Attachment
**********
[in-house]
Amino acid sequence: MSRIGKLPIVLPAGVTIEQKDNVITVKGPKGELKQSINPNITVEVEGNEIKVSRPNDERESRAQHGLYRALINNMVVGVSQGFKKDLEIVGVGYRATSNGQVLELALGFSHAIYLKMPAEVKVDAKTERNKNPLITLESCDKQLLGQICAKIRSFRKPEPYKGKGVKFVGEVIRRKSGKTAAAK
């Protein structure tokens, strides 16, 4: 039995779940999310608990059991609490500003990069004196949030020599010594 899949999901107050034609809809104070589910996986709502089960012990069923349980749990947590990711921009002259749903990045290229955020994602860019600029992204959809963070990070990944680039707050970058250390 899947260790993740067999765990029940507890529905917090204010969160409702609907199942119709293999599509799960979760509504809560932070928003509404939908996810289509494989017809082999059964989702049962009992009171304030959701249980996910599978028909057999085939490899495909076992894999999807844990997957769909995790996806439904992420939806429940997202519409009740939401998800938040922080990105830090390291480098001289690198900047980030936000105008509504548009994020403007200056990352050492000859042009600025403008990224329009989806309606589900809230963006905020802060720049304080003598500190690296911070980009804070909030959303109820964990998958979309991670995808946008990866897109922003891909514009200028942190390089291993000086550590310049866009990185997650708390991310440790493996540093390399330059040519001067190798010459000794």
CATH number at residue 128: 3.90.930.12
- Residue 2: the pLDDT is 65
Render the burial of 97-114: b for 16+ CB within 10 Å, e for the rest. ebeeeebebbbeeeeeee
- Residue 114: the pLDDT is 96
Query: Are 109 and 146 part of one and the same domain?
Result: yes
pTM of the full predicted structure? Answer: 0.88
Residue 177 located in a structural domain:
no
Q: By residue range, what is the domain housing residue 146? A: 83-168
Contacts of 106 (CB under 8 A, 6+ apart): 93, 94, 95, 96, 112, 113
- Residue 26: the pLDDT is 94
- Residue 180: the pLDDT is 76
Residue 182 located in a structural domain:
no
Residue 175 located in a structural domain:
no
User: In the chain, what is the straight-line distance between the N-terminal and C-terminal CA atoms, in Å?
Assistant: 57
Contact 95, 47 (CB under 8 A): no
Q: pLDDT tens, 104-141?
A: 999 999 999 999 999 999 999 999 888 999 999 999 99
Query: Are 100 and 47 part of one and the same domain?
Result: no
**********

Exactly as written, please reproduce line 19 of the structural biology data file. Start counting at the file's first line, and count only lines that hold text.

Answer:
Residue 175 located in a structural domain: